Jerome Opena and Dustin Weaver pack so much detail and so many characters into that bottom panel, that there’s not even space for a background. The whole thing is FIGHT. I also really like the way Black Panther’s glowing purple knives in the first panel focus our attention down to the panel below, where — of course — the knives are engaged in the chaos of battle and are now flinging our focus everywhere. It’s a nice way to transition from tight and quiet to chaotic and loud.
Three-act, five-act, sixteen-act — look, we may never really be able to predict the pacing of a comic book story. Hell, this whole thing may end up being little more than the first act of Inhumanity. Or the epilogue to Age of Ultron? It’s a 10-billion-act structure, that’s what I’m saying.
For a complete list of what we’re reading, head on over to our Pull List page. Whenever possible, buy your comics from your local mom and pop comic bookstore. If you want to rock digital copies, head on over to Comixology and download issues there. There’s no need to pirate, right?
Patrick, I’m with you on this ultimately being a 10-billion-act structure, but I still think it’s fair to call this event lumpy. Each character’s motivations change every issue, making them all feel like ADD-addled puppies. The stakes have stayed largely the same, but the character’s investment in them have been all over the place. Thanos alone vacillates from wanting to destroy the Earth to wanting to kill Thane to wanting to protect Titan. It makes the events feel random and arbitrary.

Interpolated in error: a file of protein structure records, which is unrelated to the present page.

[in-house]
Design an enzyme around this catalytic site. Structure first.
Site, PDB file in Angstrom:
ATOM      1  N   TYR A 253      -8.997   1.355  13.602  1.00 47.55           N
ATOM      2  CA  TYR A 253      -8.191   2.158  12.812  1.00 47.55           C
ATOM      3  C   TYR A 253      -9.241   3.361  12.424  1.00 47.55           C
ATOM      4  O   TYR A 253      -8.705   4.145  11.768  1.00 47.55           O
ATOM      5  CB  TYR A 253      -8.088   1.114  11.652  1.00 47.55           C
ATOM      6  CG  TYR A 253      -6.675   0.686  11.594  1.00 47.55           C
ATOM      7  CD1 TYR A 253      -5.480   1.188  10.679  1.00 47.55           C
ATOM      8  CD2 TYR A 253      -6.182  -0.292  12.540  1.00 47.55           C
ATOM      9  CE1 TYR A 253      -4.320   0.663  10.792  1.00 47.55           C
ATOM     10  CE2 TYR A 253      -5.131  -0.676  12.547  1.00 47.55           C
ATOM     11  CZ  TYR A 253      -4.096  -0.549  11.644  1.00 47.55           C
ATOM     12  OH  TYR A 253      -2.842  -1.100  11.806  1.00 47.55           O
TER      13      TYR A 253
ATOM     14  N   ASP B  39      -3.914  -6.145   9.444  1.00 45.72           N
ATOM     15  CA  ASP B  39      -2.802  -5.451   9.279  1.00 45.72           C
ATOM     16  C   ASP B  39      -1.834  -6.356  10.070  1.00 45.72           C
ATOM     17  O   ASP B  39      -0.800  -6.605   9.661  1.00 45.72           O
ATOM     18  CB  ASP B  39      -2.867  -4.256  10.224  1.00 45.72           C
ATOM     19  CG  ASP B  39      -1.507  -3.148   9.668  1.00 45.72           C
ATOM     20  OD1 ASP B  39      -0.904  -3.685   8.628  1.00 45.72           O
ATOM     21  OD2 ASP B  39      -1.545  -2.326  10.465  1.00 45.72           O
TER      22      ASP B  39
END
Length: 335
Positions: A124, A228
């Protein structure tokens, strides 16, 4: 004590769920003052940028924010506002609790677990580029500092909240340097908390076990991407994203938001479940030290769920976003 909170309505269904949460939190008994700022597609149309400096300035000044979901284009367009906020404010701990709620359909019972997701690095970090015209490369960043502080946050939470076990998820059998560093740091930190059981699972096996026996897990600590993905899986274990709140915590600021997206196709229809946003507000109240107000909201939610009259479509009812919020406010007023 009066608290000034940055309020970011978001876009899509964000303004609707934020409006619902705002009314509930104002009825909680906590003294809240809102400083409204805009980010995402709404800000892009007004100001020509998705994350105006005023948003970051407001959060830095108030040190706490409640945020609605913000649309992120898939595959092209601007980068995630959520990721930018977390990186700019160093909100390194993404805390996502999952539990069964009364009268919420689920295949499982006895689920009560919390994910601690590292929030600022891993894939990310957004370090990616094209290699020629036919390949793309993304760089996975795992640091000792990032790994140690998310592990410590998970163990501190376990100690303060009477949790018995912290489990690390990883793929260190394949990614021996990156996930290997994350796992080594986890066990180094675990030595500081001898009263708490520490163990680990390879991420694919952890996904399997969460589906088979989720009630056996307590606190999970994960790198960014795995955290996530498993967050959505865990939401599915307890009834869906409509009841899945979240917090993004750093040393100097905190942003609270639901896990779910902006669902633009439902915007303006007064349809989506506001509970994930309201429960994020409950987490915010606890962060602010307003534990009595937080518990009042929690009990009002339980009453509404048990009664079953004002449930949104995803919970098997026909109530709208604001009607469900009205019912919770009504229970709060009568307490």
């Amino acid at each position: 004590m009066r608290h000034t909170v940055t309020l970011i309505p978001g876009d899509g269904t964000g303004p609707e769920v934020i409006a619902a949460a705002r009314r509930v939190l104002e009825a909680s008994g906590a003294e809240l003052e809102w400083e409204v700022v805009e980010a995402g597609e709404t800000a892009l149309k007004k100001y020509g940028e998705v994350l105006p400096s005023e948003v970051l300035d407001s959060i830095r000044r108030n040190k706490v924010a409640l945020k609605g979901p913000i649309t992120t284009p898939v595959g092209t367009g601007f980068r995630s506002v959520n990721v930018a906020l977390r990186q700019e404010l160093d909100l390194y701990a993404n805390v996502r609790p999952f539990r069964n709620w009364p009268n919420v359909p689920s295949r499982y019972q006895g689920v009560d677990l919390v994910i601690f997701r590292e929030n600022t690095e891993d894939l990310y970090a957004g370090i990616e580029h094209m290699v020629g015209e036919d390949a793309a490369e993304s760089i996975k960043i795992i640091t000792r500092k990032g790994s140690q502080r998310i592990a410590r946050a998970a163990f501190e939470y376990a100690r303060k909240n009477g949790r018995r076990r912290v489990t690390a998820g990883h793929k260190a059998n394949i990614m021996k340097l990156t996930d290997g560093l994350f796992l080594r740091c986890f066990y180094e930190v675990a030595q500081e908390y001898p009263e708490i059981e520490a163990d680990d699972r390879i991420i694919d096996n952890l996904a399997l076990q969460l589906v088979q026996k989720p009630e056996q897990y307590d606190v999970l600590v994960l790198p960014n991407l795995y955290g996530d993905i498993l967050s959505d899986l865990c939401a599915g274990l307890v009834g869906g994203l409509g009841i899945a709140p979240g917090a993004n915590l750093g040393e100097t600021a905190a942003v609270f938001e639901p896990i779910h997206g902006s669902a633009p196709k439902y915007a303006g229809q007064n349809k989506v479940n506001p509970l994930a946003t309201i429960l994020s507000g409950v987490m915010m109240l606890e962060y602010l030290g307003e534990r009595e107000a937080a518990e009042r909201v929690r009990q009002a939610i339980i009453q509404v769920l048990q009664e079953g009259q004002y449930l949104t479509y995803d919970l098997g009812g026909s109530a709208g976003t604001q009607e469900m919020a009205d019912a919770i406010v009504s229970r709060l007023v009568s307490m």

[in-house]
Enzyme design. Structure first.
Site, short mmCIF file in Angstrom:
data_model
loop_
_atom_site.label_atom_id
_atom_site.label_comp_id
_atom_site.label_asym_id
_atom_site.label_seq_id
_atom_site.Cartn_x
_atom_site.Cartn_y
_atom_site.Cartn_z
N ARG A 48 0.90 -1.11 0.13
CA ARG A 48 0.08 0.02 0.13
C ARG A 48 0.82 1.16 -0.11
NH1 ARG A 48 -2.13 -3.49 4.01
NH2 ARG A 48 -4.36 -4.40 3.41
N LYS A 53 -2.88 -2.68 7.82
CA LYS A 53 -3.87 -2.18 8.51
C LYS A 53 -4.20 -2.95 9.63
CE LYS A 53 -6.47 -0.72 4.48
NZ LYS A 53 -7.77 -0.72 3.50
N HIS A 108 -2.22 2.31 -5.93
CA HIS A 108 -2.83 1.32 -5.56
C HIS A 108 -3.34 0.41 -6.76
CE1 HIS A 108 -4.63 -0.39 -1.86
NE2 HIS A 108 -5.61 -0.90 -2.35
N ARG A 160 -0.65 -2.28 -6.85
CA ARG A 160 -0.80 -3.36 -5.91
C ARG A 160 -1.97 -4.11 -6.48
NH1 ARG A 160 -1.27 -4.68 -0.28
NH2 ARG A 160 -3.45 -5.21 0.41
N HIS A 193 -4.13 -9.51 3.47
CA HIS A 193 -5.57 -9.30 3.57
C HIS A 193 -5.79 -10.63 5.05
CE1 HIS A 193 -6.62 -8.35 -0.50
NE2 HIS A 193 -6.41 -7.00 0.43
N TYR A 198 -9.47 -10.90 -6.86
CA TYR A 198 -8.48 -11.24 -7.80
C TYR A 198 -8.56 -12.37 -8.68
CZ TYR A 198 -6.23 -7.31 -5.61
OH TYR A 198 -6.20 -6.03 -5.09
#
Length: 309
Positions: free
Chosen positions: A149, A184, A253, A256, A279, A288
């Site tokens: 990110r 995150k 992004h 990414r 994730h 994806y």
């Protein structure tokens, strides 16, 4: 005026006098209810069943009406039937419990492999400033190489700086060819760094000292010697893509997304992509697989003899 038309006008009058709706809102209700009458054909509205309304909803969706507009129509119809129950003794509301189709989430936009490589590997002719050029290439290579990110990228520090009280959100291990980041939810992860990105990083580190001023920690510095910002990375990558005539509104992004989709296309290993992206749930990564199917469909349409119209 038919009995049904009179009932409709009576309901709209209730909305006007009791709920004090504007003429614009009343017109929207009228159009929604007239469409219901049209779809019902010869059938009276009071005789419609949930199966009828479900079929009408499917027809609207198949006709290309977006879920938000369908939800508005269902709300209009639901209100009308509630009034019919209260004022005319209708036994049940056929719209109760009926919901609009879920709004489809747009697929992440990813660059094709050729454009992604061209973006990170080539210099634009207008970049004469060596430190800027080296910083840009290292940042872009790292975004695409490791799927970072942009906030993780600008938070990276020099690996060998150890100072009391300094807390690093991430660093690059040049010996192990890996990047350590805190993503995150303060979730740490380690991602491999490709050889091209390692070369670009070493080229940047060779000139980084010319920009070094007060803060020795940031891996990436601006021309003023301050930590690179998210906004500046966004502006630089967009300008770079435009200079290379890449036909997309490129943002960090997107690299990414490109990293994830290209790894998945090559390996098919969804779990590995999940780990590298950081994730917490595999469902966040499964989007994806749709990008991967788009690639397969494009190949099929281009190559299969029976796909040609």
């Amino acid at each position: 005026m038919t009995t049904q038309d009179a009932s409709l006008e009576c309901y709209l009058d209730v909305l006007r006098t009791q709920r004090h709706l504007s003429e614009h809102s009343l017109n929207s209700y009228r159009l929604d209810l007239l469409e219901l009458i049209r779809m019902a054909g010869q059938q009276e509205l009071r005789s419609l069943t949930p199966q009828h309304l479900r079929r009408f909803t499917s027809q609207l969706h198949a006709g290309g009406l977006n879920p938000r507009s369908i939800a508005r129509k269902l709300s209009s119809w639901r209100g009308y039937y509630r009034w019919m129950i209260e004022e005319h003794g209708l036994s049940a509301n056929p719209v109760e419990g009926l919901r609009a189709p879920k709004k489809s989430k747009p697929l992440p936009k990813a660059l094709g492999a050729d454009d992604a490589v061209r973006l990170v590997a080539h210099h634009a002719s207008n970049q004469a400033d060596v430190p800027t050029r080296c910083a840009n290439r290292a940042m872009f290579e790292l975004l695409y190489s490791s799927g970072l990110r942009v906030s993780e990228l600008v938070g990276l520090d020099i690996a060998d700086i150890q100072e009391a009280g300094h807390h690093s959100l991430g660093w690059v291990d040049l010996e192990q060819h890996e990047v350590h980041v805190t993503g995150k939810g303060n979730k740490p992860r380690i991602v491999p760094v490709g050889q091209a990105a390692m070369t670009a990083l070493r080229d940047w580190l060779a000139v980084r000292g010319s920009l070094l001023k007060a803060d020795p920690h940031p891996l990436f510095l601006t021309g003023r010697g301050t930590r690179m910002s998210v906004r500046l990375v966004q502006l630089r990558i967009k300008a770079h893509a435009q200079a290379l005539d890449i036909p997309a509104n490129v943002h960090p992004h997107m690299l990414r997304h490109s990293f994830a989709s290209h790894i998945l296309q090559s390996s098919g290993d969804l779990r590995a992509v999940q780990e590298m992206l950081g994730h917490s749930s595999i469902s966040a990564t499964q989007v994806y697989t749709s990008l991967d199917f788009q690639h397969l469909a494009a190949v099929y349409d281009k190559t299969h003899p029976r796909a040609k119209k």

Yeah, I had a few problems with this issue.
The first comes from hickman’s style of storytelling itself. He’s building things up past this and therefore Infinity suffers as being part of a longer, overarching story rather than having it’s own definitive conclusion. I guarantee that the ending will be open-ended enough to keep things going past Infinity and therefore it won’t be emotionally satisfying
The second problem is how quickly things are moved through. Take the Builders for example. Built up to be this huge, universe-spanning threat that can take out damn near anybody, and what happens? They get killed off-panel like it’s nothing. This probably stems from Hickman wanting to tie things off properly but it just feels weak and distant, like I have no reason to care.
The final problem I have deals with characterization.Many character moments are sacrificed for grandeur and epic scale which leaves the book feeling hollow